|Spring colors at the brunch table|
Holy Week is such a special time - it’s all about celebrating rebirth and new life as we are reminded by the Resurrection. Easter is the most obvious celebration of Holy Week, but this year I wanted to try my hand at some recipes I’ve been meaning to learn or test, and since Easter Sunday is already packed with traditional foods, I opted for Palm Sunday to test the recipes on the family.
|Mimosas with Pisani Prosecco|
What’s a Sunday brunch without mimosas? I’m not one for mixing wines with other ingredients but in the case of mimosa and bellini, I say bring on the bubbles and create a bright, fun drink! So mimosas it was, and for bubbles I chose Pisani Prosecco.
Brunch was eggs benedict with a light spring salad. For me, the proper pairing with egg dishes due to the texture of egg is anything with bubbles - it leaves the palate feeling clean again. A good quality Prosecco is perfect for mimosas and they worked beautifully with the eggs benedict.
I’m on a sort of quest to learn the five French “mother sauces” over the course of this year. First I learned bechamel and have been using it, but now to put a perfect hollandaise sauce to good use, eggs benedict does the trick. I had to learn to poach an egg properly and having heard some less than pleasant stories about how to poach the egg, I had a test run a few days before the brunch. It’s not difficult at all! I used some tips from Julia Child and some from other sources on the internet, and voila! Delicious eggs benedict with just the flavors and textures I had hoped to achieve. (I think the most important tips were water temperature, water to vinegar ratio, and poking the egg shell with the pin.)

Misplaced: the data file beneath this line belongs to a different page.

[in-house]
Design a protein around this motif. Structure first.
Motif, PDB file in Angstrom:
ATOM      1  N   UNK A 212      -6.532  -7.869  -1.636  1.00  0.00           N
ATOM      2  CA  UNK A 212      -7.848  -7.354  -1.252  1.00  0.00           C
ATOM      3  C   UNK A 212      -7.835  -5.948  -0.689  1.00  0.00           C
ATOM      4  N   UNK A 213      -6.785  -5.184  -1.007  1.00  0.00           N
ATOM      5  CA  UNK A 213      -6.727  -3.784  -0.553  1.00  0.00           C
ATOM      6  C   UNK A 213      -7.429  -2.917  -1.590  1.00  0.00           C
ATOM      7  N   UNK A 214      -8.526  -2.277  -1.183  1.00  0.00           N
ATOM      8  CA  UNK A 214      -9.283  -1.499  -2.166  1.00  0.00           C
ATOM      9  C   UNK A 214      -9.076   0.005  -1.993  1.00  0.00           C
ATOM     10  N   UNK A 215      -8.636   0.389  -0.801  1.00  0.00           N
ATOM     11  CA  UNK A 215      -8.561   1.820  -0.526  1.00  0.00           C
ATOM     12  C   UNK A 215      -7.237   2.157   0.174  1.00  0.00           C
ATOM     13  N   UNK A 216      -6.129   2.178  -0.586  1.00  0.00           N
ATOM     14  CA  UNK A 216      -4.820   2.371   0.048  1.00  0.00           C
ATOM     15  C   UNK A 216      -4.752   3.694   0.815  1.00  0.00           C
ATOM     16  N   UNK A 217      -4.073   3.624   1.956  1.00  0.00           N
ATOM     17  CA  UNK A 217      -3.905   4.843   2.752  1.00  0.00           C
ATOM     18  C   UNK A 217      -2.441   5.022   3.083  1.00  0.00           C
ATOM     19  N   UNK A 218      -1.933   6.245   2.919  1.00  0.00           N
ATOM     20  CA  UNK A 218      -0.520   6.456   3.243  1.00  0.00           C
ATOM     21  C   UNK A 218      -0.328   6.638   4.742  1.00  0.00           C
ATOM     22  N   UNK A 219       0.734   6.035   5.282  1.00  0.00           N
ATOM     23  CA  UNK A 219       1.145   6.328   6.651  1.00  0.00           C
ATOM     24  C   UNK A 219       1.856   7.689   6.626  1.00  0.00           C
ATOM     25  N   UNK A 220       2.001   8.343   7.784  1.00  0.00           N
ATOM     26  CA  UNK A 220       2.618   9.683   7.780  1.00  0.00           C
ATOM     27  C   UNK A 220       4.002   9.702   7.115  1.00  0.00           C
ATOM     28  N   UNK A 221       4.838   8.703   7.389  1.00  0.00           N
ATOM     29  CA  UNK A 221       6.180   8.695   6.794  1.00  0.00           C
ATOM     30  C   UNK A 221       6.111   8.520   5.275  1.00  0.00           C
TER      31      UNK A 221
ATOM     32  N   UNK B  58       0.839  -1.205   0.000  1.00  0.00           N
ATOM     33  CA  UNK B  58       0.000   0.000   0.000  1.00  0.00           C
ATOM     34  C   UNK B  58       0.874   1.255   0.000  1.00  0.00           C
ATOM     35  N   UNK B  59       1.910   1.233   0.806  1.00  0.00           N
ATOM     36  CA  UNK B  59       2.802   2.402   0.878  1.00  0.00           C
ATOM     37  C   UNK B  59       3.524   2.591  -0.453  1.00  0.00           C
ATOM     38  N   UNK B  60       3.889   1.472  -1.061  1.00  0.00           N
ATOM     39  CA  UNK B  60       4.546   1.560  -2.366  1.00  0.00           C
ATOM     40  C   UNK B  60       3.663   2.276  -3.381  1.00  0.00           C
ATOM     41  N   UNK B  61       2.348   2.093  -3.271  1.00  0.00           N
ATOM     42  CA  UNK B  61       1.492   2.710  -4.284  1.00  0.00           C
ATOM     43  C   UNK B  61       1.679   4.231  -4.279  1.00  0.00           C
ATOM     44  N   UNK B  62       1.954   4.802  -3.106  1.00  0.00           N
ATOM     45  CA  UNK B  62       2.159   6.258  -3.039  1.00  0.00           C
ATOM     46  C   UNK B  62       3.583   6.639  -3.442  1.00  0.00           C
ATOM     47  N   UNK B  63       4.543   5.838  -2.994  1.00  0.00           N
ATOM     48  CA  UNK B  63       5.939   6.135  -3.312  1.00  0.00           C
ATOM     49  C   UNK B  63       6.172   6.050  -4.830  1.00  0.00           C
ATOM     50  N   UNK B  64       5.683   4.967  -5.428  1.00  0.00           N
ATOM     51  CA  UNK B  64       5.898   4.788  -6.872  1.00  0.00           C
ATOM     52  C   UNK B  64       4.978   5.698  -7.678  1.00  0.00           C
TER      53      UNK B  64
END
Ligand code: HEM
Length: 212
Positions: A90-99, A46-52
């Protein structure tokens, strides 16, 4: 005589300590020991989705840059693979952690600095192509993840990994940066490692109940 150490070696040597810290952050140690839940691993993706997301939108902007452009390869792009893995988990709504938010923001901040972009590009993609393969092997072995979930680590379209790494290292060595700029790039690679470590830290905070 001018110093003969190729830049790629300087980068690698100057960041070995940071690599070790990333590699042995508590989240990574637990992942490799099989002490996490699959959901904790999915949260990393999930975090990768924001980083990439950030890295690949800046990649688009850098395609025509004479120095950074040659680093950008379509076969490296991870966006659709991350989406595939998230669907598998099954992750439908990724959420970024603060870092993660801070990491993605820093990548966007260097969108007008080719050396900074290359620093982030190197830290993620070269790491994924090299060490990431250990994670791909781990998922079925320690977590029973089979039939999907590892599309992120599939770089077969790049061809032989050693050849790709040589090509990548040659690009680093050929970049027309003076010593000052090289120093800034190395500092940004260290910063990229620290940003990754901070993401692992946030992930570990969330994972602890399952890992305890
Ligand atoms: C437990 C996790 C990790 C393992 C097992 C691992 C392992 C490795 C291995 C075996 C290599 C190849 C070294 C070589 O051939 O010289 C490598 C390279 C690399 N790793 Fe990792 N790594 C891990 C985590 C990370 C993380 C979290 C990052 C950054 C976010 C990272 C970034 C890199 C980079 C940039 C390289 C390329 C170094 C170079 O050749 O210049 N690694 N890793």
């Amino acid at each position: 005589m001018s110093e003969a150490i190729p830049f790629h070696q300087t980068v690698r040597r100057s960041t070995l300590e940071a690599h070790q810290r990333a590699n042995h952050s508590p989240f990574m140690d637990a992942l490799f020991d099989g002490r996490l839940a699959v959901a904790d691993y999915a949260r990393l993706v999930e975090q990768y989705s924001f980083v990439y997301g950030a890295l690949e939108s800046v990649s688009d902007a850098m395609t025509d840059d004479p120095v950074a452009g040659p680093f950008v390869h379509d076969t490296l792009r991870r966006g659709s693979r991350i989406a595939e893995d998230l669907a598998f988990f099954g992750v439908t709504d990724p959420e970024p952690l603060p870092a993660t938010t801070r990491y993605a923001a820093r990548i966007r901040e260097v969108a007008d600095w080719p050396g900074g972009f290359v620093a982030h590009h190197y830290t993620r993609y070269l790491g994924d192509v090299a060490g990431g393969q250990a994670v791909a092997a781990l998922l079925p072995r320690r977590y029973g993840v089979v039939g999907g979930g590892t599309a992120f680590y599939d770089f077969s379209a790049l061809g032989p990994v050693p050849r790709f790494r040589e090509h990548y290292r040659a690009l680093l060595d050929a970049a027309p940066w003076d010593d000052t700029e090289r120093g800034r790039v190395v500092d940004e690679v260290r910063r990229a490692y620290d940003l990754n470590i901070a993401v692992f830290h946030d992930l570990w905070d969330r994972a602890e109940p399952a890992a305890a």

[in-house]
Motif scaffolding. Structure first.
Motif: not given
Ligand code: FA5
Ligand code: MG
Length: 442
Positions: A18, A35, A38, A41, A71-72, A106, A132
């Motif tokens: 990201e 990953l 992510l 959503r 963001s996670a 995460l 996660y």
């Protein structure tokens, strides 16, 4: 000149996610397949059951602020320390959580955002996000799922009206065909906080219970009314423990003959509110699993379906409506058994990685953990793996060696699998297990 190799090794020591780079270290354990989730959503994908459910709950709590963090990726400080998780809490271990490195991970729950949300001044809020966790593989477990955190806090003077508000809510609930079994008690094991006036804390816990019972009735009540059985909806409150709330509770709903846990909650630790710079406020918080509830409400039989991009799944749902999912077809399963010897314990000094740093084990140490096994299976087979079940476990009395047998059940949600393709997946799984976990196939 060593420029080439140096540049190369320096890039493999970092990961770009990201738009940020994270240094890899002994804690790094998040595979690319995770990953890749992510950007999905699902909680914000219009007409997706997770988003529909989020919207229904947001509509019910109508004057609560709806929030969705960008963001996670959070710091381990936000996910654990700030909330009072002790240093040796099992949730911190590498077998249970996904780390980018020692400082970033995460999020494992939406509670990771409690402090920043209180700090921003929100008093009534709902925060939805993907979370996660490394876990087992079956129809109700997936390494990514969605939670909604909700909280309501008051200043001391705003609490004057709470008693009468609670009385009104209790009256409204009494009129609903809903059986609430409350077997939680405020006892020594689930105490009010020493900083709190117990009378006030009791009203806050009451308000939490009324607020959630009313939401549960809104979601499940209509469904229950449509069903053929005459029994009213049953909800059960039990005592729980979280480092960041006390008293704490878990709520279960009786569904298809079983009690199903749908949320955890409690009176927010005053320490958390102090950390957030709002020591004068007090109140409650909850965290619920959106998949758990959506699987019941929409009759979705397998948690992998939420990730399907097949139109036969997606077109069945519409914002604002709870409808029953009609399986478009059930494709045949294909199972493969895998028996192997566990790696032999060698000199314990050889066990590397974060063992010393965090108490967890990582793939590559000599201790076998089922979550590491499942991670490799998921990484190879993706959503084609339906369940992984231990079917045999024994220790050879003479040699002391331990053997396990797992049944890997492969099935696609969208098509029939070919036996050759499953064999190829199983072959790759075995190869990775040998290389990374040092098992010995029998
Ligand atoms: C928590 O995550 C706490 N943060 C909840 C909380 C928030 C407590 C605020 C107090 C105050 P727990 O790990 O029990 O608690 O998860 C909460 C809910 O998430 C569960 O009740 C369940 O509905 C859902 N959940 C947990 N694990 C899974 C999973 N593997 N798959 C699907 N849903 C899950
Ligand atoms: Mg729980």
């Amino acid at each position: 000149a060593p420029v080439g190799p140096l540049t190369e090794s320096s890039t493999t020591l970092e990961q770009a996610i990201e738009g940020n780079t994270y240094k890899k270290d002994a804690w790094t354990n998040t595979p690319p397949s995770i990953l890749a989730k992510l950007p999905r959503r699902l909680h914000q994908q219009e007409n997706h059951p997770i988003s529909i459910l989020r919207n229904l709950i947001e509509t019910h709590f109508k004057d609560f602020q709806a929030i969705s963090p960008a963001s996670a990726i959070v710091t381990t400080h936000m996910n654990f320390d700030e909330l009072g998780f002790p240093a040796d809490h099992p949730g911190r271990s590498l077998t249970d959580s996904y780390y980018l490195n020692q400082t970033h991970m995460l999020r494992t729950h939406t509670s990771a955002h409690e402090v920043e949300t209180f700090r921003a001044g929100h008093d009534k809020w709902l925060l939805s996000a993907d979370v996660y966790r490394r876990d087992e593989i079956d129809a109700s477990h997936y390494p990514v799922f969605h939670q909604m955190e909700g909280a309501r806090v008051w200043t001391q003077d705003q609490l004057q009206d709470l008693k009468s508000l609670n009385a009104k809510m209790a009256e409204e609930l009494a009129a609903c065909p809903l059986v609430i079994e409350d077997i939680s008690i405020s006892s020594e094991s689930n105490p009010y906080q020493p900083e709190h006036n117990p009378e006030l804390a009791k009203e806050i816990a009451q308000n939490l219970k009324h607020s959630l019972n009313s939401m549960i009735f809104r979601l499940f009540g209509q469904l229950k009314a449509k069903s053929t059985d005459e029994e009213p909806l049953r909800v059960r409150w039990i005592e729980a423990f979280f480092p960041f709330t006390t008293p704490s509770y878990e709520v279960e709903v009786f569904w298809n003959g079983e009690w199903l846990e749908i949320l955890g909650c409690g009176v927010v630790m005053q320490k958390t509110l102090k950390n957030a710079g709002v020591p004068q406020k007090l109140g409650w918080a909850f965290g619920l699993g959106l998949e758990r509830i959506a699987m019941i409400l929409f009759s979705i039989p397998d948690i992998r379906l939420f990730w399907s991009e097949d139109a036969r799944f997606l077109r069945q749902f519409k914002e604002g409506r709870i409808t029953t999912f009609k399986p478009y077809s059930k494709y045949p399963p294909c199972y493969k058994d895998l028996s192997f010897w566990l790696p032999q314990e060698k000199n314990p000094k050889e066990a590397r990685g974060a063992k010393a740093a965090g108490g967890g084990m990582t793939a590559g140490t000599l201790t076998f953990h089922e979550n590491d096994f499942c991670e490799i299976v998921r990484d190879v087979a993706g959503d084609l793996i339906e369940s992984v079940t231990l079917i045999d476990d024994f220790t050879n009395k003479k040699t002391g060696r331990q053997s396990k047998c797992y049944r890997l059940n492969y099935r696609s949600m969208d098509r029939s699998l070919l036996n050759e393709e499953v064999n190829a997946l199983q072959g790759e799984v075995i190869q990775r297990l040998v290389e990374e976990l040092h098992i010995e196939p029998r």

The eggs, buttered English muffins, crispy bacon, and rich hollandaise sauce needed a light side dish, so I chose frisee, Boston lettuce, shallots, and a basic lemon and local wildflower honey dressing with balsamic vinegar. Together with the mimosas, they were perfect with the eggs benedict.
For a light dessert, I went with a mix of fresh raspberries, blackberries, and blueberries, topped with a dollop of fresh whipped cream, a hint of unsweetened cocoa powder, and some orange zest. Perfection.
Obviously we were quite satisfied after such a brunch, so a late dinner would be light. I chose fresh salmon which I rubbed with olive oil and crusted with almond, thyme, and rosemary, with a raspberry sauce. The side dish was wildflower honey braised endives. To match the salmon and raspberry, I chose a California Pinot Noir (Hahn is one of the family favorites as a dependable West Coast Pinot).
|Salmon and endives with Pinot Noir|
I’m getting toward the end of Julia Child’s book, My Life in France. I read last night in her book that when she and Simone Beck wrote their cookbook, Mastering the Art of French Cooking (aimed at teaching American cooks how to prepare traditional French dishes), at the time the book was in progress, American publishers were concerned that American cooks would not be interested in the book due to attention to detail deemed laborious. They felt that Americans see French detail as tedious and unnecessary. After having all of my poached eggs turn out perfectly by using a more detailed approach than most, and carefully executing the hollandaise sauce, I can honestly agree with Julia and “Simca” that the attention to detail is sometimes absolutely necessary. Yes, at times I like winging it and experimenting, but with traditional dishes, a cook must respect the years others have put into perfecting the recipes. And when the recipes turn out well, it’s so satisfying to know it was done correctly.
Easter dinner has been planned out and I’m looking forward to it - there will be some traditional dishes for the holiday, and some experimental dishes as well - so I’m excited to try those, as well as the wines that have been picked. And what will the wines be? Well, I need something to write about next week, but a hint - think Rhone!